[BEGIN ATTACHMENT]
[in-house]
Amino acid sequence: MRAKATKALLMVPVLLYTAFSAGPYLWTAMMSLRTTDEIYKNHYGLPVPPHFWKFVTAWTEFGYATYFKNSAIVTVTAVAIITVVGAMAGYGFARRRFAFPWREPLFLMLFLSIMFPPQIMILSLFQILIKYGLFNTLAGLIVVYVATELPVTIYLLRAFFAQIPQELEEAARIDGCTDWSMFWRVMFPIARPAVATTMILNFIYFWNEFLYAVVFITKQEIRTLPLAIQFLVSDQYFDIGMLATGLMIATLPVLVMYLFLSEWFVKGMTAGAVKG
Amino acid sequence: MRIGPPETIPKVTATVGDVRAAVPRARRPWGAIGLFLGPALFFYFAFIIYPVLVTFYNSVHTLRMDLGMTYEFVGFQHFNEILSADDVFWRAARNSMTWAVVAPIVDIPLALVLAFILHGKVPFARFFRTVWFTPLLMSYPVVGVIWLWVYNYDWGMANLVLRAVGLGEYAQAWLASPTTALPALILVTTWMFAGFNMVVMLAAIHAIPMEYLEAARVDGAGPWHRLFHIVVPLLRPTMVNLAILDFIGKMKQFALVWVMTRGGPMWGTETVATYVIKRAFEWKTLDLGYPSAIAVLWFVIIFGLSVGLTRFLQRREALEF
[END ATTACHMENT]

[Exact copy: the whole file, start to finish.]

[in-house]
Amino acid sequence: MRAKATKALLMVPVLLYTAFSAGPYLWTAMMSLRTTDEIYKNHYGLPVPPHFWKFVTAWTEFGYATYFKNSAIVTVTAVAIITVVGAMAGYGFARRRFAFPWREPLFLMLFLSIMFPPQIMILSLFQILIKYGLFNTLAGLIVVYVATELPVTIYLLRAFFAQIPQELEEAARIDGCTDWSMFWRVMFPIARPAVATTMILNFIYFWNEFLYAVVFITKQEIRTLPLAIQFLVSDQYFDIGMLATGLMIATLPVLVMYLFLSEWFVKGMTAGAVKG
Amino acid sequence: MRIGPPETIPKVTATVGDVRAAVPRARRPWGAIGLFLGPALFFYFAFIIYPVLVTFYNSVHTLRMDLGMTYEFVGFQHFNEILSADDVFWRAARNSMTWAVVAPIVDIPLALVLAFILHGKVPFARFFRTVWFTPLLMSYPVVGVIWLWVYNYDWGMANLVLRAVGLGEYAQAWLASPTTALPALILVTTWMFAGFNMVVMLAAIHAIPMEYLEAARVDGAGPWHRLFHIVVPLLRPTMVNLAILDFIGKMKQFALVWVMTRGGPMWGTETVATYVIKRAFEWKTLDLGYPSAIAVLWFVIIFGLSVGLTRFLQRREALEF